Dirty Orphans

“The year my twin and I turned eight, we vowed to kill our neighbor’s cat. Buster was an enormous marmalade and, a couple times a week, he left the heads of decapitated songbirds in our front yard. He belonged to the girl across the street, Liza Parker. Liza was in our grade but not our class. She wore button-up dresses every day and had her mother drive her to school each morning because she thought the bus was too dirty. When we saw her outside, she’d turn around and go inside; or if Buster was there, she’d bend over and pet him and whisper “Dirty orphans” in a singsong voice we could hear from our side of the street.”

My story “Buster,” winner of the 2014 Meridian Editor’s Prize, is now available to read in print and online. Here’s a link!

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Meridian Editors’ Prize

I’m so happy that my short story “Buster” won the Editors’ Prize at Meridian: the Semi-Annual Journal from the University of Virginia! Here’s the first paragraph.

“The year my twin and I turned eight, we decided to kill our neighbor’s cat. Buster was an enormous marmalade and, a couple times a week, he left the heads of decapitated songbirds in our front yard. He belonged to the girl across the street: Liza Parker. Liza was in our grade but not our class. She wore button-up dresses every day and had her mother drive her to school each morning because she thought the bus was too dirty. When we saw her outside her house, she’d turn around and go inside, or, if Buster was there, she’d bend over and pet him and whisper, “Dirty orphans,” in a singsong voice that we could hear from the opposite sidewalk where we stood.”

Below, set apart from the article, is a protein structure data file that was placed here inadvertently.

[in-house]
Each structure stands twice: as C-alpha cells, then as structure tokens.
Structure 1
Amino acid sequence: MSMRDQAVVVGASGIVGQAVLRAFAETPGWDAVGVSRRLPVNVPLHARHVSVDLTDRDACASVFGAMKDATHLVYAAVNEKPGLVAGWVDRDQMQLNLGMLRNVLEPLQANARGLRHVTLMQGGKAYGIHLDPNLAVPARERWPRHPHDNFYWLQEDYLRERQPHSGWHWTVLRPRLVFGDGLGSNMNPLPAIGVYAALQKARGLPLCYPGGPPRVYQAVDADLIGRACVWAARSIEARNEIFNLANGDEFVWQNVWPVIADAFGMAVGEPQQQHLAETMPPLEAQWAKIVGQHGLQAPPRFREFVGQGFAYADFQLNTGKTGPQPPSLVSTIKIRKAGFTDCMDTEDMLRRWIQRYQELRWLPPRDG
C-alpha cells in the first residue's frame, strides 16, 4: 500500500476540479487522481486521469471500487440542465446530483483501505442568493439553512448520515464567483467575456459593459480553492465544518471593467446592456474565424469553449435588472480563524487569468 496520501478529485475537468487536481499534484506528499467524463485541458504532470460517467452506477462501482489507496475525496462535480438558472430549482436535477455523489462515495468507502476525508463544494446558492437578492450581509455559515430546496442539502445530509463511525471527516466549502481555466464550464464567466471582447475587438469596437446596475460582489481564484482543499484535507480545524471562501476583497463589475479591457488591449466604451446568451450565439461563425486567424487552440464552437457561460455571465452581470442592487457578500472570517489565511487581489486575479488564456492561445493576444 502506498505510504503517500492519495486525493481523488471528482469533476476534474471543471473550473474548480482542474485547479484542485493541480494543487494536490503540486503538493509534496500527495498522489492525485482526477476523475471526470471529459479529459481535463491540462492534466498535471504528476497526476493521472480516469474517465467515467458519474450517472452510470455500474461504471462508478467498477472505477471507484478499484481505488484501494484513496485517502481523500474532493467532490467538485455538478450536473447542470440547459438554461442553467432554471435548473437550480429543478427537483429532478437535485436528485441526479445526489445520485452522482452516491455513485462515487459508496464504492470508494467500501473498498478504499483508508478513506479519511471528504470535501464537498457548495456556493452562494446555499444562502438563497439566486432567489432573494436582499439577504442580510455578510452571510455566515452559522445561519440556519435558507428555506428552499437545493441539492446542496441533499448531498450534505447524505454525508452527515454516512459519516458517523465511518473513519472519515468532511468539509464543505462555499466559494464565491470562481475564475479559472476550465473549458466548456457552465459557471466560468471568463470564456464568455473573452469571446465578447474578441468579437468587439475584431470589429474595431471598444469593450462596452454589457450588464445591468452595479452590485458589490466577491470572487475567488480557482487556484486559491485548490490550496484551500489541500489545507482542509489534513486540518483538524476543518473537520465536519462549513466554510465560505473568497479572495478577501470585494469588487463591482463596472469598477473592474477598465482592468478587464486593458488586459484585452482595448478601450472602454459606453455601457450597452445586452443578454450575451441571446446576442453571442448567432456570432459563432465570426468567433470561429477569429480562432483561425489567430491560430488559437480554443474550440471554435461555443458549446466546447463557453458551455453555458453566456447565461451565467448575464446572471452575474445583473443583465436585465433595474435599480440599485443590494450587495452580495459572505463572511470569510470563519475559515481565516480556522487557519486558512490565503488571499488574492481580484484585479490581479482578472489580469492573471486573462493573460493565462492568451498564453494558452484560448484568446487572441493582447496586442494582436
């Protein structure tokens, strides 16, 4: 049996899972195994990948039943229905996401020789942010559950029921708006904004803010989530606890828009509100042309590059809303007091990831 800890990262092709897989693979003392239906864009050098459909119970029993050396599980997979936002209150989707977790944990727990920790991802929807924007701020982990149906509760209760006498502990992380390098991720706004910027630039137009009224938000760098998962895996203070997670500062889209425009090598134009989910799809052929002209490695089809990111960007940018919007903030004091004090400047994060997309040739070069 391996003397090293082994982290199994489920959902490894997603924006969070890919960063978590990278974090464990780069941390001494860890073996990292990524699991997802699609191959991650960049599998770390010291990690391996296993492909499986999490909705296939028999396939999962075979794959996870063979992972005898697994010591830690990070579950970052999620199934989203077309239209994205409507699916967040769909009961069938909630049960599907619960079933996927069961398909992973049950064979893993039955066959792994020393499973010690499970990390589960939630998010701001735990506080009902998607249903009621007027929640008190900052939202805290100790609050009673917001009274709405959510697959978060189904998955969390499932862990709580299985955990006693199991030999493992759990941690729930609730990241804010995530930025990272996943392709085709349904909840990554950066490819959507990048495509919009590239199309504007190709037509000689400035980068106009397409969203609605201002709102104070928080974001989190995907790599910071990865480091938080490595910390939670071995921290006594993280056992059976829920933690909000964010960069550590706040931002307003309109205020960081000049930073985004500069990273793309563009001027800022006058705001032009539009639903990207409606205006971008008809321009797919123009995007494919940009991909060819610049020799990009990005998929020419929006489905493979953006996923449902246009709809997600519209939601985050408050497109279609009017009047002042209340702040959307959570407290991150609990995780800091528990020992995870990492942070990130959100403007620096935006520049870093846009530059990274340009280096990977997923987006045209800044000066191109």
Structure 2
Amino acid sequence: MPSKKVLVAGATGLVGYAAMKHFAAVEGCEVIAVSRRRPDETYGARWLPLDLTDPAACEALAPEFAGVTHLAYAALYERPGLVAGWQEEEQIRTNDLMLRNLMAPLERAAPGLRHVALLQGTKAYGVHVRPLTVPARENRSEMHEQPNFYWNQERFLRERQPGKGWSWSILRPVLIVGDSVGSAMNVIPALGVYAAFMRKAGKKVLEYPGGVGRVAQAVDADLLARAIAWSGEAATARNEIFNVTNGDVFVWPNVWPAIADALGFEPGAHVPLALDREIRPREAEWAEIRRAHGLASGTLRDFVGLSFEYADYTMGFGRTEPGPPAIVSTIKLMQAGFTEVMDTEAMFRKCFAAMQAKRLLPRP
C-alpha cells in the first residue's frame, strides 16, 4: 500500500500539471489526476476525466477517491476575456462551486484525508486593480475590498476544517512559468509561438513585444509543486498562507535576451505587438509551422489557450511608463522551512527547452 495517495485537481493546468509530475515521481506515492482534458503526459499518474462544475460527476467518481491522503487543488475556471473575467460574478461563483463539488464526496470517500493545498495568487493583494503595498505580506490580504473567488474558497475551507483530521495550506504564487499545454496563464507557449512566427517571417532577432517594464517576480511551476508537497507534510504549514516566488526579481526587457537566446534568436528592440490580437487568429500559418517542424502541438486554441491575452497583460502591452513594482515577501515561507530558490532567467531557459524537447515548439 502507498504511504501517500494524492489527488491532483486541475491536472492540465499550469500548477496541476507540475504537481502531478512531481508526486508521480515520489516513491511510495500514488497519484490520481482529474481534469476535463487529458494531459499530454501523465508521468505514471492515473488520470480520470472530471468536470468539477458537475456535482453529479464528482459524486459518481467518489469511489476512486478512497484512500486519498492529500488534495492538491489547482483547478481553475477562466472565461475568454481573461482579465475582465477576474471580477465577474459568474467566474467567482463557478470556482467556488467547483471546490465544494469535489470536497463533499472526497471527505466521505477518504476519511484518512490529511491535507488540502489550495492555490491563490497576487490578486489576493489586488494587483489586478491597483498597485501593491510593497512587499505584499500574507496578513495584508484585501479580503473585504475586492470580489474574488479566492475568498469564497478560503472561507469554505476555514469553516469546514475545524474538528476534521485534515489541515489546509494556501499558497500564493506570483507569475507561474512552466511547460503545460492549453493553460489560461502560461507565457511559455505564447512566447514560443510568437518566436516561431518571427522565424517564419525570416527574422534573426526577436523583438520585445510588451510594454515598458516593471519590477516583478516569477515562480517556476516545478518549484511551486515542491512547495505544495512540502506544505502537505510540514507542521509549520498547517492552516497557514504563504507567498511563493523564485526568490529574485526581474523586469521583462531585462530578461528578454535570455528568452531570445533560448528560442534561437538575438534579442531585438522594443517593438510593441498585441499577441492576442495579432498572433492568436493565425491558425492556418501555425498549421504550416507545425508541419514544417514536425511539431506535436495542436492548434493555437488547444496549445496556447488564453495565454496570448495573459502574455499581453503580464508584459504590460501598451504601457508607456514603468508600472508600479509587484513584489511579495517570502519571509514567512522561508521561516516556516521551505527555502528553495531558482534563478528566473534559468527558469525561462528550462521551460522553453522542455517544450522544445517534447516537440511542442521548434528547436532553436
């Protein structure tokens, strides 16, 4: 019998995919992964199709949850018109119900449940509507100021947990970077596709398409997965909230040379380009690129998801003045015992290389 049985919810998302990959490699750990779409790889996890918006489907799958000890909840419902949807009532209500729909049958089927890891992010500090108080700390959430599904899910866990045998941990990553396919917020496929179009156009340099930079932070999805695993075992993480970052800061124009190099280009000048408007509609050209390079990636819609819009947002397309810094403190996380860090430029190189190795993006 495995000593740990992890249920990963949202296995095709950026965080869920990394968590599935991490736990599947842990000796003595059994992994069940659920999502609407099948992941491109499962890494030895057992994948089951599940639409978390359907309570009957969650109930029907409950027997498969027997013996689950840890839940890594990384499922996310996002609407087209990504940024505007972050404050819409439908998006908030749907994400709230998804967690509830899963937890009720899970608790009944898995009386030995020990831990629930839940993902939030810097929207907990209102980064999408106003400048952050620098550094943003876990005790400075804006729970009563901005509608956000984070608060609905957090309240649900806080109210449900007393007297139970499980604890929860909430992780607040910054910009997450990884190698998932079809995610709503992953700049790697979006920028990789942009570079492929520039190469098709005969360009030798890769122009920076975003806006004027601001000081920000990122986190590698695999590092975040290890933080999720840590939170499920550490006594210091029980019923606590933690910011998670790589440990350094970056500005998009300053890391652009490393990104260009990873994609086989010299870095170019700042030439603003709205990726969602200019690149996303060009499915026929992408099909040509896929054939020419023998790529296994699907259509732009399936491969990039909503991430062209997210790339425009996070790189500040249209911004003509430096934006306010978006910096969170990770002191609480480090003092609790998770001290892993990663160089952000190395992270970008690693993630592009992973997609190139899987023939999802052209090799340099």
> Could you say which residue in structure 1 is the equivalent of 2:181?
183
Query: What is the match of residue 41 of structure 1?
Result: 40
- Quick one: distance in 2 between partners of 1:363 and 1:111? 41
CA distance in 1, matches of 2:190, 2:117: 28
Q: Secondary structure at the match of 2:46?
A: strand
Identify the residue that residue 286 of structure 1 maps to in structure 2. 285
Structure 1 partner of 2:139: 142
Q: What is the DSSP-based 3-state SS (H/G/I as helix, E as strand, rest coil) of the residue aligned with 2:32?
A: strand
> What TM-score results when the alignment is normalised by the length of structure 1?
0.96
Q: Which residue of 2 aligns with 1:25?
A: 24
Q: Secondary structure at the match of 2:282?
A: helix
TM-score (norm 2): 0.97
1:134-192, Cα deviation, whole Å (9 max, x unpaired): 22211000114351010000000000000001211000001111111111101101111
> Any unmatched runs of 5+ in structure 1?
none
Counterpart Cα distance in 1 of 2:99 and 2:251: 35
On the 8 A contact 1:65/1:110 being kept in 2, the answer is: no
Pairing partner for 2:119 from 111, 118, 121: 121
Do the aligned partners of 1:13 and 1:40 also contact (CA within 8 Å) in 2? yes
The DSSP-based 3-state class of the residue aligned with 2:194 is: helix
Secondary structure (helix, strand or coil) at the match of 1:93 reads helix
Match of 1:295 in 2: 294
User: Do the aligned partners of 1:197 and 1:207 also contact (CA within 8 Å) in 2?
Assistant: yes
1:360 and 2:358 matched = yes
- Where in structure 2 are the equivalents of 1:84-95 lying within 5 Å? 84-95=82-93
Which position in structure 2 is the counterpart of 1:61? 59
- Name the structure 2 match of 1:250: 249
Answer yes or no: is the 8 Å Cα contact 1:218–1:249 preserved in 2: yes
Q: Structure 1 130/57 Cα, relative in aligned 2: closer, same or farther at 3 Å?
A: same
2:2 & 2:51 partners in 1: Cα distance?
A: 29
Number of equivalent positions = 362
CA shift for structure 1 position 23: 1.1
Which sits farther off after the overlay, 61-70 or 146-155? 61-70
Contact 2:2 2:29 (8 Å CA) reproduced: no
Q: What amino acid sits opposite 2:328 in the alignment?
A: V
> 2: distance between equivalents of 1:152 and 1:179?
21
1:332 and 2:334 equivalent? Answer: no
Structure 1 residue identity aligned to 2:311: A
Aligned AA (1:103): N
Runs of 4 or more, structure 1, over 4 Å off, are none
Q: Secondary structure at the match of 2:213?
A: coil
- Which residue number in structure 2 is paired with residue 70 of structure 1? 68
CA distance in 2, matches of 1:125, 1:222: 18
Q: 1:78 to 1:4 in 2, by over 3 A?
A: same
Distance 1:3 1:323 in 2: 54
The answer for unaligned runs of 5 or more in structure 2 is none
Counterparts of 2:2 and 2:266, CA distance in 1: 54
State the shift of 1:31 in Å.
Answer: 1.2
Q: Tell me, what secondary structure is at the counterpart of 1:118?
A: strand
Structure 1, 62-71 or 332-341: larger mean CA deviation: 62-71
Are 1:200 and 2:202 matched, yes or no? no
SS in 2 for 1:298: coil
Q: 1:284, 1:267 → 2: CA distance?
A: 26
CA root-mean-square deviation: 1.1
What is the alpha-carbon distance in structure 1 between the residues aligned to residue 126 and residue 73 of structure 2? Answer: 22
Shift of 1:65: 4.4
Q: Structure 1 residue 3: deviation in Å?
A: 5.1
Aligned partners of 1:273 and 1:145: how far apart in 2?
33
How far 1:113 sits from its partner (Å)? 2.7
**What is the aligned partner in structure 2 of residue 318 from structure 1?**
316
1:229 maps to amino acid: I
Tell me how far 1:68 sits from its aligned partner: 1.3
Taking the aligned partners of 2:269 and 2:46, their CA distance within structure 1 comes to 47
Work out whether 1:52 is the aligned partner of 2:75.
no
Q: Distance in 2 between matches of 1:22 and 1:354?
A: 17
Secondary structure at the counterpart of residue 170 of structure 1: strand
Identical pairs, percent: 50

Read the rest of the story  in Meridian’s May issue, which will be available in print and online!

Gravesend

I interviewed William Boyle about his stunning debut novel Gravesend.

“I used to sit out on my grandparents’ porch with a cassette recorder and tape them talking. And they were always talking about the people passing by, the people parking their cars. So I had a pretty early obsession with the rhythms of what they were saying but also with the wonderful gossipy content. My grandfather would say things like, “Look at this bastard. He lives around the block and he’s gotta park in front of my joint.” 

Check it out at the Los Angeles Review of Books!

My Childhood Espionage

My essay “Suspecting The Smiths” is up at the Oxford American.

“From the ages of nine to eleven, I worked as a spy. No one paid me, nor did I report my findings to any higher-ups. I discussed my cases with my partner, who went by code name Mountain Chicken Mother of the Buddha. Mountain Chicken also happened to be my identical twin sister, and during morning recess or summer afternoons at the neighborhood pool we let lifeguards, teachers, and stray dogs in on our findings. Eventually, the Department of Labor, the U.S. Postal Service, the Virginia State Police, and the State Corporation Commission got involved. Our next-door neighbors were indicted in September of 1998 by a federal grand jury, Joe Bob on eighteen counts and his wife, Jeannie, on fifteen.”